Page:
Since the economic impact of the pandemic has hit with massive unemployment and businesses closing, I’ve been asked several times how can things be that bad when the stock market is doing so well.
I thought this video did a really good job of explaining why the stock market is not an indicator of how people are doing individually.
As relief checks have stopped flowing, so has consumer spending. In July spending had dropped by 75 percent from where it was in May.
You might even hear that business bankruptcies are accelerating. It is true that business bankruptcies have passed the number caused by the Great Recession of 2008.
But here is why the bankruptcies of Hertz, retailers Neiman Marcus, J.C. Penney, Brooks Brothers and J. Crew, don’t matter that much.
The companies that drive the stock market are typically larger companies like Apple, Amazon, Google, etc.
Who the Stock Market Works For
The stock market works for the wealthiest investors since the top 10 percent of wealth holders now own 87 percent of all stock.
If you are invested in the stock market for your retirement you are enjoying the ride. But if you think the stock market reflects the economic reality of 90 percent of people in America, that would be an incorrect assumption. It certainly does not represent the growing economic inequality between the haves and have nots.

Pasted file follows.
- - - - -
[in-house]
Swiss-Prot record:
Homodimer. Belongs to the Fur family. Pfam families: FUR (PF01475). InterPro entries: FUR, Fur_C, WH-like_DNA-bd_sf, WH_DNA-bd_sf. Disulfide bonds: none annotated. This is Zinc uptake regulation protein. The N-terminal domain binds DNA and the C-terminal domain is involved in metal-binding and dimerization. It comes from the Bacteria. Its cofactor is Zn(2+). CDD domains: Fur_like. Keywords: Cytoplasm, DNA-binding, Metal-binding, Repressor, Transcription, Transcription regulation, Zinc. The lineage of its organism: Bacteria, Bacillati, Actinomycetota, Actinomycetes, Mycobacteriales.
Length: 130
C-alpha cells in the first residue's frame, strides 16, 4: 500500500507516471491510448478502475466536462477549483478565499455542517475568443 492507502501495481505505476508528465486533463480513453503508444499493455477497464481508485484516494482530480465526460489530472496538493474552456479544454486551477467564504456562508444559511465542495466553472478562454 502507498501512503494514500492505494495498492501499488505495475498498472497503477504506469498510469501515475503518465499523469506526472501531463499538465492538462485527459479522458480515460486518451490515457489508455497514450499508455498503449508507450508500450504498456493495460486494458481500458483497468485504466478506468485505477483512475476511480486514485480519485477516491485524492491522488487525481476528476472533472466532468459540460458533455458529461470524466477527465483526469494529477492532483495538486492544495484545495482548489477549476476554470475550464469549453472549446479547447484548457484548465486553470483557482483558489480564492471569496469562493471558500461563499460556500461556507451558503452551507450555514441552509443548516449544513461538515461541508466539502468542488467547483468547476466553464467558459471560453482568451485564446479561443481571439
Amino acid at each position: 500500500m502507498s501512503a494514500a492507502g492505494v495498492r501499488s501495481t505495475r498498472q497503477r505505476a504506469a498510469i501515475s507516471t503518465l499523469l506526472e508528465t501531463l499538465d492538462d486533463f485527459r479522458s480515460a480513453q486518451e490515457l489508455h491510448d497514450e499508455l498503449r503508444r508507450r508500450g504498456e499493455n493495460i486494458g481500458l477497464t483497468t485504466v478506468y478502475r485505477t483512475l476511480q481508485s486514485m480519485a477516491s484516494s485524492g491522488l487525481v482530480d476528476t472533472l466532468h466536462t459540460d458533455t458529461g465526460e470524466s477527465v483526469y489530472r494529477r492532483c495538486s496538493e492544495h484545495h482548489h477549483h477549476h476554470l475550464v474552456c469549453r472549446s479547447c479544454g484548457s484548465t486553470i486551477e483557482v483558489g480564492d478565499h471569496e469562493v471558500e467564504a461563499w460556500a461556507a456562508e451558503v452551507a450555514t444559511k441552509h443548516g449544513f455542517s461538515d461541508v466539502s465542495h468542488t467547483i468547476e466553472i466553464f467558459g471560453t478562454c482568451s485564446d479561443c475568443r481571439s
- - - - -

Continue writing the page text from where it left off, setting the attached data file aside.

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And to close with another statistic, the richest 1 percent of American households own 50 percent of stocks.
We Don’t Agree on Much
People that identify themselves as Democrats or Republicans don’t agree on much when it comes to solving the shrinking middle class and rising levels of poverty.
Sixty percent of Republicans blame poor life choices for economic inequality while Democrats blame discrimination against racial and ethnic minorities. – Source
Interestingly the one solution both groups almost agree on is the need for workers to have the skills they need for today’s jobs. Yet when it comes to how people get that training, it is going to result in more people going deeper into student loan debt and that can lead to lifelong financial servitude.
One idea to increase worker skills and income opportunities has been to make college tuition-free at public two-year colleges. But only 36 percent of Republicans and 69 percent of Democrats think that a good idea.
So how would workers with declining incomes pay for or get access to current education and training?
What do you think? Comment below.